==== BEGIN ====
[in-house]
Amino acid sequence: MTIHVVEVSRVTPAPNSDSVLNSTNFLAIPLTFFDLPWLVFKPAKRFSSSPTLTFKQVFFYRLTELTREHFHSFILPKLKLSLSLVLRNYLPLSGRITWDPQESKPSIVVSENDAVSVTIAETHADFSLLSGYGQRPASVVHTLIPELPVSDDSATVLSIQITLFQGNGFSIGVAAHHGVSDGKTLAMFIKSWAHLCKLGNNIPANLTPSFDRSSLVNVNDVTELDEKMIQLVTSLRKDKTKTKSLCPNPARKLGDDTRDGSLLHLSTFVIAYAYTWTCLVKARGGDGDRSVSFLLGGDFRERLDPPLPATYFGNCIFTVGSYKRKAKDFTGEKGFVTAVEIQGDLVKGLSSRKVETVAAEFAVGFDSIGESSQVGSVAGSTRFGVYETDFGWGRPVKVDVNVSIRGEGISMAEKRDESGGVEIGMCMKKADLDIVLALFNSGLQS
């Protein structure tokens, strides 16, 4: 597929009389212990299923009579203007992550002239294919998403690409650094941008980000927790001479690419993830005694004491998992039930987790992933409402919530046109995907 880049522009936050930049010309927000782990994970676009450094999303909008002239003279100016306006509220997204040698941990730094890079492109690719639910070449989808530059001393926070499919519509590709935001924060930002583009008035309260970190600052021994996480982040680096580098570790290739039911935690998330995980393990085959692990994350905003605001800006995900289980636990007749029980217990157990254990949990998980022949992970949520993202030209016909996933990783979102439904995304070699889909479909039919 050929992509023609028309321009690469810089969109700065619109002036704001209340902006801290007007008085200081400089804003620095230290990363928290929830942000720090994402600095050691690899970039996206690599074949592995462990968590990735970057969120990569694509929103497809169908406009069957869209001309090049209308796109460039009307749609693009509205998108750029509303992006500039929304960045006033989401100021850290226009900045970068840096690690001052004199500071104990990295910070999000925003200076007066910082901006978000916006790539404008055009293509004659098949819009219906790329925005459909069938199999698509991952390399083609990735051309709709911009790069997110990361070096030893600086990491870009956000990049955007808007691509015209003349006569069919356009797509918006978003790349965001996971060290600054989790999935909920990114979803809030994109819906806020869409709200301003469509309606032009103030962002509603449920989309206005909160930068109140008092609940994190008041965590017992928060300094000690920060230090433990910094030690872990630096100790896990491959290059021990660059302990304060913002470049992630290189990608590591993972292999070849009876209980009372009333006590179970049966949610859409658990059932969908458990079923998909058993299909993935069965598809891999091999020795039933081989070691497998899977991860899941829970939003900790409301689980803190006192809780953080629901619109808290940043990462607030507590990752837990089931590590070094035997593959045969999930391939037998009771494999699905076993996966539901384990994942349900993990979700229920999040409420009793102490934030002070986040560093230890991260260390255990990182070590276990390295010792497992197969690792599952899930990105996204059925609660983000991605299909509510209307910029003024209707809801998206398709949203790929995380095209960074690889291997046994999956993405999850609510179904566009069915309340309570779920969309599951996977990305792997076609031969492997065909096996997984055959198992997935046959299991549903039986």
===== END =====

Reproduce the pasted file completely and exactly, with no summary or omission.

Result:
[in-house]
Amino acid sequence: MTIHVVEVSRVTPAPNSDSVLNSTNFLAIPLTFFDLPWLVFKPAKRFSSSPTLTFKQVFFYRLTELTREHFHSFILPKLKLSLSLVLRNYLPLSGRITWDPQESKPSIVVSENDAVSVTIAETHADFSLLSGYGQRPASVVHTLIPELPVSDDSATVLSIQITLFQGNGFSIGVAAHHGVSDGKTLAMFIKSWAHLCKLGNNIPANLTPSFDRSSLVNVNDVTELDEKMIQLVTSLRKDKTKTKSLCPNPARKLGDDTRDGSLLHLSTFVIAYAYTWTCLVKARGGDGDRSVSFLLGGDFRERLDPPLPATYFGNCIFTVGSYKRKAKDFTGEKGFVTAVEIQGDLVKGLSSRKVETVAAEFAVGFDSIGESSQVGSVAGSTRFGVYETDFGWGRPVKVDVNVSIRGEGISMAEKRDESGGVEIGMCMKKADLDIVLALFNSGLQS
């Protein structure tokens, strides 16, 4: 597929009389212990299923009579203007992550002239294919998403690409650094941008980000927790001479690419993830005694004491998992039930987790992933409402919530046109995907 880049522009936050930049010309927000782990994970676009450094999303909008002239003279100016306006509220997204040698941990730094890079492109690719639910070449989808530059001393926070499919519509590709935001924060930002583009008035309260970190600052021994996480982040680096580098570790290739039911935690998330995980393990085959692990994350905003605001800006995900289980636990007749029980217990157990254990949990998980022949992970949520993202030209016909996933990783979102439904995304070699889909479909039919 050929992509023609028309321009690469810089969109700065619109002036704001209340902006801290007007008085200081400089804003620095230290990363928290929830942000720090994402600095050691690899970039996206690599074949592995462990968590990735970057969120990569694509929103497809169908406009069957869209001309090049209308796109460039009307749609693009509205998108750029509303992006500039929304960045006033989401100021850290226009900045970068840096690690001052004199500071104990990295910070999000925003200076007066910082901006978000916006790539404008055009293509004659098949819009219906790329925005459909069938199999698509991952390399083609990735051309709709911009790069997110990361070096030893600086990491870009956000990049955007808007691509015209003349006569069919356009797509918006978003790349965001996971060290600054989790999935909920990114979803809030994109819906806020869409709200301003469509309606032009103030962002509603449920989309206005909160930068109140008092609940994190008041965590017992928060300094000690920060230090433990910094030690872990630096100790896990491959290059021990660059302990304060913002470049992630290189990608590591993972292999070849009876209980009372009333006590179970049966949610859409658990059932969908458990079923998909058993299909993935069965598809891999091999020795039933081989070691497998899977991860899941829970939003900790409301689980803190006192809780953080629901619109808290940043990462607030507590990752837990089931590590070094035997593959045969999930391939037998009771494999699905076993996966539901384990994942349900993990979700229920999040409420009793102490934030002070986040560093230890991260260390255990990182070590276990390295010792497992197969690792599952899930990105996204059925609660983000991605299909509510209307910029003024209707809801998206398709949203790929995380095209960074690889291997046994999956993405999850609510179904566009069915309340309570779920969309599951996977990305792997076609031969492997065909096996997984055959198992997935046959299991549903039986």